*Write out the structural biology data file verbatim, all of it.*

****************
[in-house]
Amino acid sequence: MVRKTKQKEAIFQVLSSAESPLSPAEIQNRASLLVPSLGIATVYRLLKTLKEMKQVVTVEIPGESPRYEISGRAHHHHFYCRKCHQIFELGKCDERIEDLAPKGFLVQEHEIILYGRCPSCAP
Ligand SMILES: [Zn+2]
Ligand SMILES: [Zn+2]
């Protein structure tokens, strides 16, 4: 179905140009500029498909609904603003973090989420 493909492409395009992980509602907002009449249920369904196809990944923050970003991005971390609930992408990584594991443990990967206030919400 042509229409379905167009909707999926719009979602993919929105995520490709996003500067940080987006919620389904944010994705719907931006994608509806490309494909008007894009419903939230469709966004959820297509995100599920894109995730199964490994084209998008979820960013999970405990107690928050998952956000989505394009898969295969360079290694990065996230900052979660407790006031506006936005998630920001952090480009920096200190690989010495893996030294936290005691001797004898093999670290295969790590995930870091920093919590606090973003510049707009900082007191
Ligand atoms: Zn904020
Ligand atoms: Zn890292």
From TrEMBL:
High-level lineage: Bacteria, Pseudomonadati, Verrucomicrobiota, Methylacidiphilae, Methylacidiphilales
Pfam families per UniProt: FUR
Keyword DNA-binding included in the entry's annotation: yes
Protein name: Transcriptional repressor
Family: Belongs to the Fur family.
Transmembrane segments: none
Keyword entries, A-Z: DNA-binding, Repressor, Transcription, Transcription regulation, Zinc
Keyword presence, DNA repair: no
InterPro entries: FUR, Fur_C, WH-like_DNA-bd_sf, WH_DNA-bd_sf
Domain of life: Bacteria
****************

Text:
[in-house]
Amino acid sequence: MVRKTKQKEAIFQVLSSAESPLSPAEIQNRASLLVPSLGIATVYRLLKTLKEMKQVVTVEIPGESPRYEISGRAHHHHFYCRKCHQIFELGKCDERIEDLAPKGFLVQEHEIILYGRCPSCAP
Ligand SMILES: [Zn+2]
Ligand SMILES: [Zn+2]
């Protein structure tokens, strides 16, 4: 179905140009500029498909609904603003973090989420 493909492409395009992980509602907002009449249920369904196809990944923050970003991005971390609930992408990584594991443990990967206030919400 042509229409379905167009909707999926719009979602993919929105995520490709996003500067940080987006919620389904944010994705719907931006994608509806490309494909008007894009419903939230469709966004959820297509995100599920894109995730199964490994084209998008979820960013999970405990107690928050998952956000989505394009898969295969360079290694990065996230900052979660407790006031506006936005998630920001952090480009920096200190690989010495893996030294936290005691001797004898093999670290295969790590995930870091920093919590606090973003510049707009900082007191
Ligand atoms: Zn904020
Ligand atoms: Zn890292």
From TrEMBL:
High-level lineage: Bacteria, Pseudomonadati, Verrucomicrobiota, Methylacidiphilae, Methylacidiphilales
Pfam families per UniProt: FUR
Keyword DNA-binding included in the entry's annotation: yes
Protein name: Transcriptional repressor
Family: Belongs to the Fur family.
Transmembrane segments: none
Keyword entries, A-Z: DNA-binding, Repressor, Transcription, Transcription regulation, Zinc
Keyword presence, DNA repair: no
InterPro entries: FUR, Fur_C, WH-like_DNA-bd_sf, WH_DNA-bd_sf
Domain of life: Bacteria